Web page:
The powerful United States Food and Drug Administration (FDA) has proposed a ban on menthol cigarettes and flavoured cigars in the United States in a move which once again tightens the regulatory knot around tobacco manufacturers – and raises wider liability issues for distributors and retailers.
The FDA said it is working toward issuing proposed product standards within the next year to ban menthol as a characterizing flavour in cigarettes and ban all characterizing flavours (including menthol) in cigars.
It said the decision is “based on clear science and evidence establishing the addictiveness and harm of these products and builds on important, previous actions that banned other flavoured cigarettes in 2009”.
The US 2009 Tobacco Control Act (TCA) did not include menthol in its ban on characterizing flavours in cigarettes, leaving menthol cigarettes as the only flavoured combusted cigarettes still marketed in the US. The law instructed the FDA to further consider the issue of menthol in cigarettes.
“Banning menthol—the last allowable flavour—in cigarettes and banning all flavours in cigars will help save lives, particularly among those disproportionately affected by these deadly products,” said Acting FDA Commissioner Janet Woodcock.
“With these actions, the FDA will help significantly reduce youth initiation, increase the chances of smoking cessation among current smokers, and address health disparities experienced by communities of colour, low-income populations, and LGBTQ+ individuals, all of whom are far more likely to use these tobacco products,” she added.
For decades, anti-smoking groups have sounded the alarm on mentholated cigarettes, arguing they contribute to disproportionate health burdens on Black communities and play a role in luring young people into smoking.
The FDA was forced to act by a 29 April court deadline to respond to a citizen’s petition from 2013 seeking a ban on menthol cigarettes that activists say impact Black Americans proportionately higher from the industry’s marketing.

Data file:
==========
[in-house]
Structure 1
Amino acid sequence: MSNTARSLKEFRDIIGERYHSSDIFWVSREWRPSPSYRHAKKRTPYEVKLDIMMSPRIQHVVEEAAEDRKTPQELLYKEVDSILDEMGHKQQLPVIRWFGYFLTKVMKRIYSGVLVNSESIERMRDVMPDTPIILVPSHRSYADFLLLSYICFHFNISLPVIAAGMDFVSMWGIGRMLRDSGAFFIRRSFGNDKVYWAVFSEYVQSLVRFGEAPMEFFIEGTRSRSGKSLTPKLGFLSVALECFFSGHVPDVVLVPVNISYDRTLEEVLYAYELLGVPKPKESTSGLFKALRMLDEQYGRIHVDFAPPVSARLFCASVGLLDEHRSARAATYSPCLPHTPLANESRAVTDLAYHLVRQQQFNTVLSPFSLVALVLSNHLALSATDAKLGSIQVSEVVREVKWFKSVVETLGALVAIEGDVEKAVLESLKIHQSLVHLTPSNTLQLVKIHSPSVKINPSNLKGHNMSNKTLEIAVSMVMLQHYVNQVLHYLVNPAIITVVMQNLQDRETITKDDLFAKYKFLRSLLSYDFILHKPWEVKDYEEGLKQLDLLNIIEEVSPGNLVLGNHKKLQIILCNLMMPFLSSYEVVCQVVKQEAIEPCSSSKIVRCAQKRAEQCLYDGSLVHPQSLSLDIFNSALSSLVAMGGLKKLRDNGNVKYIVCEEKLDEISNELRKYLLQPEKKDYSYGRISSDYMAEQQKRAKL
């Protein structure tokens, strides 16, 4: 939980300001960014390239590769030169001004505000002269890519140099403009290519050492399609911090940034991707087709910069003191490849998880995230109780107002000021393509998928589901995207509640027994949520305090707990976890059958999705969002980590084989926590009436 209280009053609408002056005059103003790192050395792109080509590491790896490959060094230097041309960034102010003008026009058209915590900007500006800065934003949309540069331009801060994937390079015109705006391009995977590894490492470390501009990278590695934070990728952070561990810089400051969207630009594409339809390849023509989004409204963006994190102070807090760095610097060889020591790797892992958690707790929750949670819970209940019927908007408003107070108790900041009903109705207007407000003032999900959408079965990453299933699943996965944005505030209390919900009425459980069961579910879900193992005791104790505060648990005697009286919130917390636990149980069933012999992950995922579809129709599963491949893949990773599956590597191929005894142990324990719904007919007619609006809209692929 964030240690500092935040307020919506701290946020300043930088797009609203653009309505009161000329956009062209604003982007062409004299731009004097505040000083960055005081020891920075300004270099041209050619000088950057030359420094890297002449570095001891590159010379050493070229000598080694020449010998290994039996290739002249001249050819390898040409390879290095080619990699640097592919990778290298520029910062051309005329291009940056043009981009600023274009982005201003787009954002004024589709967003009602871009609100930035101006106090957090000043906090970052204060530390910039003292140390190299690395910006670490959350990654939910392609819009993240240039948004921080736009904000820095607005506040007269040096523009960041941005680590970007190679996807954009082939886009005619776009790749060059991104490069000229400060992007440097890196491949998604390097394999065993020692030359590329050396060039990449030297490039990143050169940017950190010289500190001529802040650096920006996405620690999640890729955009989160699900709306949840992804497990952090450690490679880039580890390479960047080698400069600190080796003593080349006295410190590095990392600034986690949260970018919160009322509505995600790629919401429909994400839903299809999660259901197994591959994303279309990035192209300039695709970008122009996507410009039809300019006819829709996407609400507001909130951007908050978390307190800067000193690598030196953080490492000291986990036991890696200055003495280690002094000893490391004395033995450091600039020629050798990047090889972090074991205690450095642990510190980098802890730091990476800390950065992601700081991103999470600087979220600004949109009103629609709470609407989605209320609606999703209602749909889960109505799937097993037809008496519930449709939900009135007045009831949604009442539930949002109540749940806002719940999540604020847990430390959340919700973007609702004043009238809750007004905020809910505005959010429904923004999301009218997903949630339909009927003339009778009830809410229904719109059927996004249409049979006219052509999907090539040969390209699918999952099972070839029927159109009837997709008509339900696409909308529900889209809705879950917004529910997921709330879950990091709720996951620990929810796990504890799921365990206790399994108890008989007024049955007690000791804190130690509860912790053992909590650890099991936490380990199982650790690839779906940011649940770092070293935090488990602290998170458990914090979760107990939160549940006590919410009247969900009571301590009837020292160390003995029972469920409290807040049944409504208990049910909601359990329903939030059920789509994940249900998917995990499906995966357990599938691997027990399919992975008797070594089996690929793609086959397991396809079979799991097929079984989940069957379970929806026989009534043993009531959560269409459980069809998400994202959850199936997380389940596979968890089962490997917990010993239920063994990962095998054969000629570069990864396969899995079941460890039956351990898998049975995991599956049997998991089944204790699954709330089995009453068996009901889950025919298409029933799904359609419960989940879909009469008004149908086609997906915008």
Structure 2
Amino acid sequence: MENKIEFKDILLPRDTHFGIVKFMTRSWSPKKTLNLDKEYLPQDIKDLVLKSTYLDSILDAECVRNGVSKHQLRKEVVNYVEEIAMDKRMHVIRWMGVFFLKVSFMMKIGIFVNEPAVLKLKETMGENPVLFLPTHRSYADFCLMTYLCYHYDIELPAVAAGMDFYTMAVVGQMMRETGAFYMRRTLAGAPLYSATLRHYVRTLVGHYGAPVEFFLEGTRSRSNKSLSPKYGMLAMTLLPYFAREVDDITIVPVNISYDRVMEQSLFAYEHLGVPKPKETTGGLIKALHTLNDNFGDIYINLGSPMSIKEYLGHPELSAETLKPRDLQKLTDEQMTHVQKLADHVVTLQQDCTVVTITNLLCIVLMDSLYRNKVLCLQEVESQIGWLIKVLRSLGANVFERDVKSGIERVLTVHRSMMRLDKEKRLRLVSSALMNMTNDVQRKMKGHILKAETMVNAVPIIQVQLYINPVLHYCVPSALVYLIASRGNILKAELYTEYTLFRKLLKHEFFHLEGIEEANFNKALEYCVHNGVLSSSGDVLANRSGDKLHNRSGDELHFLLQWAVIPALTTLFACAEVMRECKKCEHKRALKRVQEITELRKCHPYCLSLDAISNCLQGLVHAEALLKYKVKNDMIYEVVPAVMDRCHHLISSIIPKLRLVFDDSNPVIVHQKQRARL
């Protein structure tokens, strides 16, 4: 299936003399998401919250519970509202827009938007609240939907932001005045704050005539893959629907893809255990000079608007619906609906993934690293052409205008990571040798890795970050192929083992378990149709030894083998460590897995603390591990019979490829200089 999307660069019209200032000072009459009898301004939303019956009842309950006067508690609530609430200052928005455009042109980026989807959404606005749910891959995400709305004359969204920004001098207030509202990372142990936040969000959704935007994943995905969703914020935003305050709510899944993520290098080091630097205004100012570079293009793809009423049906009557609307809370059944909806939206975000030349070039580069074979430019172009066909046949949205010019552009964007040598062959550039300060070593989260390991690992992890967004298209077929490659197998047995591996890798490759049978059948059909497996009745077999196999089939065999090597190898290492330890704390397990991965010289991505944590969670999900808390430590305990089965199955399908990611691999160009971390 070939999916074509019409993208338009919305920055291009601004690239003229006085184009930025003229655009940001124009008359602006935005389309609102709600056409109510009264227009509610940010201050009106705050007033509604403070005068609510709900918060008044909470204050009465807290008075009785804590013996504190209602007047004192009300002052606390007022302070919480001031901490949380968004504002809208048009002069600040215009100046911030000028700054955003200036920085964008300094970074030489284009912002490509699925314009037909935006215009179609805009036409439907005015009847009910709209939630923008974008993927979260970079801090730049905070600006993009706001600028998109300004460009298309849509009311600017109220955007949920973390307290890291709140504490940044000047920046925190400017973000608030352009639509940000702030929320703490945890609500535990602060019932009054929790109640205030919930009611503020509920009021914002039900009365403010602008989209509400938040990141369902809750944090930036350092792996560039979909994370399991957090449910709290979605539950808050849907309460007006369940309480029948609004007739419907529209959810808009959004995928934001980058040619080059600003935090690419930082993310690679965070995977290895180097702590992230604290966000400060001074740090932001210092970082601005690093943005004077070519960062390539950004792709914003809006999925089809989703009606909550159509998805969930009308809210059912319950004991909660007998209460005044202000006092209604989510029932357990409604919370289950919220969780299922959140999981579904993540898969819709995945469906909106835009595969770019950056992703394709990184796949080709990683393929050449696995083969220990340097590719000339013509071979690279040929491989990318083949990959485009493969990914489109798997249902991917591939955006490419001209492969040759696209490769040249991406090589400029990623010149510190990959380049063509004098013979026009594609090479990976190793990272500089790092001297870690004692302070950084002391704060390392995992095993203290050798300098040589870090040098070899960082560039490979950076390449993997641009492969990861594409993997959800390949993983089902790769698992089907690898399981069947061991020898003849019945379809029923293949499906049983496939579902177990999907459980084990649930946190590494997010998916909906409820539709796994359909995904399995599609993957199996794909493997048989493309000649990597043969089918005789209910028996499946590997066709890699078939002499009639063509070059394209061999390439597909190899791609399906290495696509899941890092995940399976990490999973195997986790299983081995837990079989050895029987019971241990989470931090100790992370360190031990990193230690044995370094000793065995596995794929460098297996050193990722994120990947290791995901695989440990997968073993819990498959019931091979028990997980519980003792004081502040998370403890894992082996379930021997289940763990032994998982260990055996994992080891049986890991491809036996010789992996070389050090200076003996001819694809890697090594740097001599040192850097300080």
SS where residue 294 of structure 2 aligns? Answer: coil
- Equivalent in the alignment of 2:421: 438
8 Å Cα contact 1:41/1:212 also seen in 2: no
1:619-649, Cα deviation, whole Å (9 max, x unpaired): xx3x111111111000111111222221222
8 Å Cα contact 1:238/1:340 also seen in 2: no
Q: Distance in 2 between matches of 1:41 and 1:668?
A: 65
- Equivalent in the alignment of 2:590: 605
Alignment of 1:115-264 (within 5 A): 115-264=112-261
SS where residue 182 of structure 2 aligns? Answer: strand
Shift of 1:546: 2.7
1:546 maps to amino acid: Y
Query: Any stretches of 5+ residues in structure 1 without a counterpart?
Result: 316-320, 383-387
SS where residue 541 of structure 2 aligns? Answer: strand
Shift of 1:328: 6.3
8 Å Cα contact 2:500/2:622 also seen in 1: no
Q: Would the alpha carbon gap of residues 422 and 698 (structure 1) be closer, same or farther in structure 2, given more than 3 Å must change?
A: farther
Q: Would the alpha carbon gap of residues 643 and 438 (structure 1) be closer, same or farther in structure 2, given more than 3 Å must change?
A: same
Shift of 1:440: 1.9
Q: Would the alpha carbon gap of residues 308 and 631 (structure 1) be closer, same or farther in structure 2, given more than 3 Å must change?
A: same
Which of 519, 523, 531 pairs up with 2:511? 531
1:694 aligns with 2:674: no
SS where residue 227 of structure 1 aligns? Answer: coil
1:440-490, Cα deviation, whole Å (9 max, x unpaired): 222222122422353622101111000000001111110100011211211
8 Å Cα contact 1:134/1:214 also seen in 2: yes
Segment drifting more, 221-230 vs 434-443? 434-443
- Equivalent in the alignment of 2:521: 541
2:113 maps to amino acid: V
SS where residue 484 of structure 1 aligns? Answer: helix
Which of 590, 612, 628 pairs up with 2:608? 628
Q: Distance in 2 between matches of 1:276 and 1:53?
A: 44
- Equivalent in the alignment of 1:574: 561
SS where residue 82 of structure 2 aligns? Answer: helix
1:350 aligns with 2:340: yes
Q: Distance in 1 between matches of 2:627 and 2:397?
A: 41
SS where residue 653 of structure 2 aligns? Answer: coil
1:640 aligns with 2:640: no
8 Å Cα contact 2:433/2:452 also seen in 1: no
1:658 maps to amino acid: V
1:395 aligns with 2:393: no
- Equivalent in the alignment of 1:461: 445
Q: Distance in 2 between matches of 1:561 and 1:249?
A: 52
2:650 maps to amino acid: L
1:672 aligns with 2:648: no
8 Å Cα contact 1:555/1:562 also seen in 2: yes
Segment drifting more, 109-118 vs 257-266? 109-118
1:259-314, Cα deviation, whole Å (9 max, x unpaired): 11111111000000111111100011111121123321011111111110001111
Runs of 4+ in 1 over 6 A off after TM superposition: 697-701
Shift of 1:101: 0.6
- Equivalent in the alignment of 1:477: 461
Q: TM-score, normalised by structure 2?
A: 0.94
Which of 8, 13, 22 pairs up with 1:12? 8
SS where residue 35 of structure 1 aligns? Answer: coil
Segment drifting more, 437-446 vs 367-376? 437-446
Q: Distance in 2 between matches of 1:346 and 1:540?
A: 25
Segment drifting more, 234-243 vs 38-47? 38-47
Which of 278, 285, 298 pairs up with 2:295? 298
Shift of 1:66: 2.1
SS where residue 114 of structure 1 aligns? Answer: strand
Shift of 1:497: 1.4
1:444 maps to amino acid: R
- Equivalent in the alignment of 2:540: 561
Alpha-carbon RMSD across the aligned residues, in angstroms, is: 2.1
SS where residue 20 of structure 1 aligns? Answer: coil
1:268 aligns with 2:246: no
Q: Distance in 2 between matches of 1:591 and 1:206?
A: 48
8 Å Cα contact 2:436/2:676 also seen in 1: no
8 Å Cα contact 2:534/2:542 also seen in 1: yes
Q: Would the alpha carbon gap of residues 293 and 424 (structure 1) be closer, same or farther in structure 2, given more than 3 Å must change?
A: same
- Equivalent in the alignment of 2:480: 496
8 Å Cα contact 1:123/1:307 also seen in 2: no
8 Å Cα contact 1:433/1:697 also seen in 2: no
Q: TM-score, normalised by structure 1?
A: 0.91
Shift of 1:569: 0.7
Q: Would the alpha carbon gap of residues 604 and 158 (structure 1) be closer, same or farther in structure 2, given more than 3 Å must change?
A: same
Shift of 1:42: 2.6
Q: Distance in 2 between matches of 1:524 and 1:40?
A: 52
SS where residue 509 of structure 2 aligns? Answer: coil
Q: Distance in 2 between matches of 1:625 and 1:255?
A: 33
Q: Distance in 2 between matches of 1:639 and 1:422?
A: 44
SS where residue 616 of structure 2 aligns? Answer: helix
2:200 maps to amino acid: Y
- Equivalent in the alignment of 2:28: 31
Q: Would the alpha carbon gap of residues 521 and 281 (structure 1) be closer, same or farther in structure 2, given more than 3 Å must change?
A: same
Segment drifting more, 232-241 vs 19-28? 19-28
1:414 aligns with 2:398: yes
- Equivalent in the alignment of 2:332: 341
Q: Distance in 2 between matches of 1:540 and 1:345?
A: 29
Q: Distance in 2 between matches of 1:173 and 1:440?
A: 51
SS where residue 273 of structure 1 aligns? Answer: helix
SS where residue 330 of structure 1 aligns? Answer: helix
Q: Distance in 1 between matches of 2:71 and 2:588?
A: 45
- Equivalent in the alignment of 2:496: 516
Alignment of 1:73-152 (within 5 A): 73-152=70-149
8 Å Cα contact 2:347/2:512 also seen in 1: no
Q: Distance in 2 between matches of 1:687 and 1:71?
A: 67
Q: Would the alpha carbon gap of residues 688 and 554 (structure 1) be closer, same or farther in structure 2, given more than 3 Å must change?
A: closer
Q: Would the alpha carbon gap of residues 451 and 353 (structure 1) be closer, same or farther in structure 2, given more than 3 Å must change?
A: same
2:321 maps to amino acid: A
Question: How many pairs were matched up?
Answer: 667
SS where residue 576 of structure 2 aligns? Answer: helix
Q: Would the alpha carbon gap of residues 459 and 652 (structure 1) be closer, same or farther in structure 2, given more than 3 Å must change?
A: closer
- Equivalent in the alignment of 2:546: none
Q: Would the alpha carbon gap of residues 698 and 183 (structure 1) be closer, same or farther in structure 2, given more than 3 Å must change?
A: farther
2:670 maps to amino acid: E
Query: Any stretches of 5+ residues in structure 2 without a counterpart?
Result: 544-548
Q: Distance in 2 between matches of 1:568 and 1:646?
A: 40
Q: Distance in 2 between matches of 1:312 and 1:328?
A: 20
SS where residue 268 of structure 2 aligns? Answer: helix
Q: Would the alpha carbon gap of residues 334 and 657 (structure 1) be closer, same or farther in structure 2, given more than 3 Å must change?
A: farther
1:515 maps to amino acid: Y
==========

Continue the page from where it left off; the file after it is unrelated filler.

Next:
Altria Group Inc and Reynolds America, a unit of British American Tobacco, said they would evaluate the latest proposal, but stated that the published science on the matter does not support regulating or banning menthol cigarettes.
Imperial’s US business, ITG Brands, said the announcement was disappointing, but not unexpected.
“We are hopeful that FDA will follow the law and prioritize sound policy and science over political pressure,” said ITG, which produces the Winston and Kool cigarette brands.
According to a Bernstein research estimate, British American Tobacco generates 55% of its cigarette volumes in the United States from menthols, led by its Newport brand, compared with 30% for Imperial Brands and 17% for Altria Group.
Despite the FDA’s action, any ban is likely to take years to implement given the prospect of a lengthy legal fight from the tobacco lobby.
However menthol cigarettes are already banned in some US states including California and Massachusetts. Despite this ban, they account for more than a third of the industry’s overall market share.
If implemented, the FDA said its enforcement of any ban on menthol cigarettes and all flavoured cigars will only address manufacturers, distributors, wholesalers, importers and retailers.
The FDA stressed that it cannot and will not enforce against individual consumer possession or use of menthol cigarettes or any tobacco product. The FDA also said it will work to make sure that any unlawful tobacco products do not make their way onto the market.
In the US, it is estimated that there are nearly 18.6 million current smokers of menthol cigarettes. But use of menthol cigarettes among smokers is not uniform: out of all Black smokers, nearly 85% smoke menthol cigarettes, compared to 30% of White smokers who smoke menthols.
In addition, among youth, from 2011 to 2018, declines in menthol cigarette use were observed among non-Hispanic White youth but not among non-Hispanic Black or Hispanic youth, according to the FDA.